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May 1, 2022 5:30 pm
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Israeli Researchers Show Sea Urchins Lived on Earth 300 Million Years Ago

avatar by Sharon Wrobel

The phylum echinodermata (‘echino’ meaning spiny and ‘derm’ meaning skin) are key to the study of evolution, as they are located at a junction where invertebrates and vertebrate diverged. Photo: Dr. Omri Bronstein / Tel Aviv University

An international study involving Tel Aviv University researchers suggests that types of marine animals including starfish and sea cucumbers lived in oceans about 50 million years earlier than previously thought.

The findings of the study, published in the peer-reviewed journal eLife, shed new light on dating the evolutionary development of echinoids — marine animals that live on the seabed, including sea urchins, starfish, sea cucumbers and their “spiny-skinned relatives.”

“Our work shows that modern echinoids emerged approximately 300 million years ago, and many of them survived the Permo-Triassic mass extinction event that occurred about 252 million years ago — the most severe biodiversity crisis in Earth’s history — and rapidly diversified in its aftermath,” stated Dr. Omri Bronstein of Tel Aviv University’s School of Zoology, one of authors of the study. “Our findings have great significance for the study of evolution in general, not just for that of sea urchins. They suggest that even when we have an abundance of fossils and very extensive research on a group, as in the case of sea urchins, estimates are likely to err by tens of millions of years.”

The Permo-Triassic mass extinction wiped out over 80% of the species on earth, more than 150 million years before the event that wiped out the dinosaurs.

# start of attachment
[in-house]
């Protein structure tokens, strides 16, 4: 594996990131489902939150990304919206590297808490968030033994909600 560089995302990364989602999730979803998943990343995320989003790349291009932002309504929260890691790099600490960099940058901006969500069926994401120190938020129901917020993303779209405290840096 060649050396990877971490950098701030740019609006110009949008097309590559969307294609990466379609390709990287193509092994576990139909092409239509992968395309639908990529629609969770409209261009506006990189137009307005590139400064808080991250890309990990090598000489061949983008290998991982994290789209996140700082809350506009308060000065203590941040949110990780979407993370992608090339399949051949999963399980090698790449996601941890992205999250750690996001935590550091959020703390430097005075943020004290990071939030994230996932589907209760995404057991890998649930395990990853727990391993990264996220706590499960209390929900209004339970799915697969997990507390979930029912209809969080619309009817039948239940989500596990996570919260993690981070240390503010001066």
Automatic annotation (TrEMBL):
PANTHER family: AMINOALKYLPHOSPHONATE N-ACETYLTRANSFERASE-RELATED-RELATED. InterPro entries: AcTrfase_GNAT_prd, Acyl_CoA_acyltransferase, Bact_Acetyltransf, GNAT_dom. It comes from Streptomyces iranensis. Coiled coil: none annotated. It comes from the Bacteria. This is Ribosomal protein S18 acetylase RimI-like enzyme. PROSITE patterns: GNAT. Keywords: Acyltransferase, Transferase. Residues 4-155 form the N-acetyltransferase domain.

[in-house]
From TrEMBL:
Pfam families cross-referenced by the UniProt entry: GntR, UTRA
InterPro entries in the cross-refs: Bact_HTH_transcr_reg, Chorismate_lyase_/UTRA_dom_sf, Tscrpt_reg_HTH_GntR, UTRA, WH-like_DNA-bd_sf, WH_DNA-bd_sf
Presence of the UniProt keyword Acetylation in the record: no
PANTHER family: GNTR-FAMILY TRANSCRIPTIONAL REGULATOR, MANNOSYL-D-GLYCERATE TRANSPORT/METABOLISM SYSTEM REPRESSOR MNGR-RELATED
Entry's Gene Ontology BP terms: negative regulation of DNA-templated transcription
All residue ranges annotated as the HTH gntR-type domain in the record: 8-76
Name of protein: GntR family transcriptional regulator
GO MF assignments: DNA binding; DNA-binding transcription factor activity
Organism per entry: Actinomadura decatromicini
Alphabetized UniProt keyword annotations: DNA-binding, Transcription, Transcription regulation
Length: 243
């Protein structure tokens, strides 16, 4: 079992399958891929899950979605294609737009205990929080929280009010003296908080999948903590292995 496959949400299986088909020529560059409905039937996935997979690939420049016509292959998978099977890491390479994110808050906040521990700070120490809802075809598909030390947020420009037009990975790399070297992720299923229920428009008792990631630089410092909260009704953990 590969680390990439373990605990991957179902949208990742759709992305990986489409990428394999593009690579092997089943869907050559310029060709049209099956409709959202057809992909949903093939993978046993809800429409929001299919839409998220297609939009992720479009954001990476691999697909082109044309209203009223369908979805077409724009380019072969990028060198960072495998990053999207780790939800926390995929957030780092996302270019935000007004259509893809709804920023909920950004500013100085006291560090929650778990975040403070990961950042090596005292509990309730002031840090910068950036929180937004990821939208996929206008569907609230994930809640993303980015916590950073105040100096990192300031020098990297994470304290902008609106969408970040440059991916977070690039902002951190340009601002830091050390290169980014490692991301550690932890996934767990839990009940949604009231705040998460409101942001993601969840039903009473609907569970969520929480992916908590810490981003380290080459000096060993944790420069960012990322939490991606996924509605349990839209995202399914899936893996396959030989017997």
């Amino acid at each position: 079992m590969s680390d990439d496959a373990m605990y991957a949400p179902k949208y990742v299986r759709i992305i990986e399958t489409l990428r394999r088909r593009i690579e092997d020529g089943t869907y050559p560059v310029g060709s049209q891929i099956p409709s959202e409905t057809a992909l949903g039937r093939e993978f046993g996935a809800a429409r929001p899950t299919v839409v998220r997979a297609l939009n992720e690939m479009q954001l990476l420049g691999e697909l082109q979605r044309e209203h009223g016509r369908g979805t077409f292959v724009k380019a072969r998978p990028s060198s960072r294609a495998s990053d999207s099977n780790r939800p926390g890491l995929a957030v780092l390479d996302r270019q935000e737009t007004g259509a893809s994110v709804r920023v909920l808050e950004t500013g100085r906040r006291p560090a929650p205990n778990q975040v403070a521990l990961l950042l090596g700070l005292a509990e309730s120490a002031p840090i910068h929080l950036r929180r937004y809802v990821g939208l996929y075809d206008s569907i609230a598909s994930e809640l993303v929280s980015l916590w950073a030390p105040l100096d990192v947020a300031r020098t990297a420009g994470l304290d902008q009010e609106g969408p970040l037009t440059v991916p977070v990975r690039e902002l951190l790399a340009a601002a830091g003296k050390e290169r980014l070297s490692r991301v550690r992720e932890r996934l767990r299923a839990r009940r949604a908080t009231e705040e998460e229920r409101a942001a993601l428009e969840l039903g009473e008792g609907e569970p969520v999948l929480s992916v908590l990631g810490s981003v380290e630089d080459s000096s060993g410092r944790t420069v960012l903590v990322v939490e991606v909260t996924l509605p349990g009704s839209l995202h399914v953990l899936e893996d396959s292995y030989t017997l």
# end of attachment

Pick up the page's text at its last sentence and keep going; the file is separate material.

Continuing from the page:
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“This is another reminder that there is still more that is unknown than known in the fascinating study of evolution,” Bronstein added.

Researchers from top institutes in the United States, England, Chile and Austria combined a phylogenetic analysis of the genomes of 54 different species, including 18 that have not yet been mapped, with paleontological dating of sea urchin fossils from around the world. They then integrated the genetic findings with fossil-based dating, in order to map the evolutionary history of the echinoids as accurately as possible.

“The findings were very surprising, as they indicate significant errors in the conventional dating of the divergence times (species differentiation points) on the evolutionary tree,” the researchers said.

There are about 1,000 living species of echinoids, including sea urchins, heart urchins, sand dollars and starfish, which live across different ocean environments. The phylum is particularly important in the study of evolution, Bronstein explained, because their place on the evolutionary tree appears where invertebrates and vertebrate diverged.

“Today we are also in the midst of a widespread extinction event, only this time human activity seems to be the main driver,” Bronstein noted. “An in-depth study of past extinction events, the reasons that led to their occurrence, and the species that managed to survive them, may help us deal with the current extinction.”

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